Background: Immunotherapy against cancer does not result in impressive clinical responses. Failure of vaccine-induced T-cell-mediated immunotherapy to improve therapeutic results occurs for many reasons, including regulatory networks imposed by growing tumours, intrinsic properties of cancer cells, suboptimal design of therapeutic vaccines and subversion of the immune system. Most vaccines are incapable of inducing strong immunity, the vaccine's capacity to induce effector T cells is blocked by regulatory T cells (Tregs) in the lymph nodes, the vaccine-induced T cells are not able to infiltrate the tumour, tumour-infiltrating T cells cannot exert their effector function due to locally present Tregs and/or vaccines may induce/boost Tregs. Objective/methods: We focus on the negative effects of Tregs in cancer immunotherapy and highlight potential therapeutic options to counteract these. Conclusions: Interplay and balance between Tregs and effector cells determines the efficacy of vaccines and thereby clinical outcome.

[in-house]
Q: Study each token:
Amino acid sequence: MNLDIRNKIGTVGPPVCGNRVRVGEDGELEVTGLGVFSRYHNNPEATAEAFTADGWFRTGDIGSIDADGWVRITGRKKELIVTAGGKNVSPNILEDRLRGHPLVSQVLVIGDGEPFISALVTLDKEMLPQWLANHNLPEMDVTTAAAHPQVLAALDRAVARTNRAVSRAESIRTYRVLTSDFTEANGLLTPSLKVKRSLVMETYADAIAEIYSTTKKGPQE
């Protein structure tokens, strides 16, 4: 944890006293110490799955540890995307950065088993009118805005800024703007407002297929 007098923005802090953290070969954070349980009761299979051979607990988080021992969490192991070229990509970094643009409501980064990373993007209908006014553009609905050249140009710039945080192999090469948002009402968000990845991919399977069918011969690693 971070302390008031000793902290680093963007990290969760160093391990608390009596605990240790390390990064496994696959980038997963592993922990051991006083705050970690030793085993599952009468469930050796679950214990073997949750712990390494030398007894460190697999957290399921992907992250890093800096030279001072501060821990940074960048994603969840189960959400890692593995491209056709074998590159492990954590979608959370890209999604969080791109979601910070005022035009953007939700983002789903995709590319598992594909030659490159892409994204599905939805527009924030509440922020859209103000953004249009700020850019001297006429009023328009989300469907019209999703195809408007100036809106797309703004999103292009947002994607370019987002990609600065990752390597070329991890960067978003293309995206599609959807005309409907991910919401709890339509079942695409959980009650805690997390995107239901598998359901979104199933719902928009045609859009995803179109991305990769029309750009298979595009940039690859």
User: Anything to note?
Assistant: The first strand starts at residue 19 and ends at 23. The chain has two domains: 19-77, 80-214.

- Regulatory T cells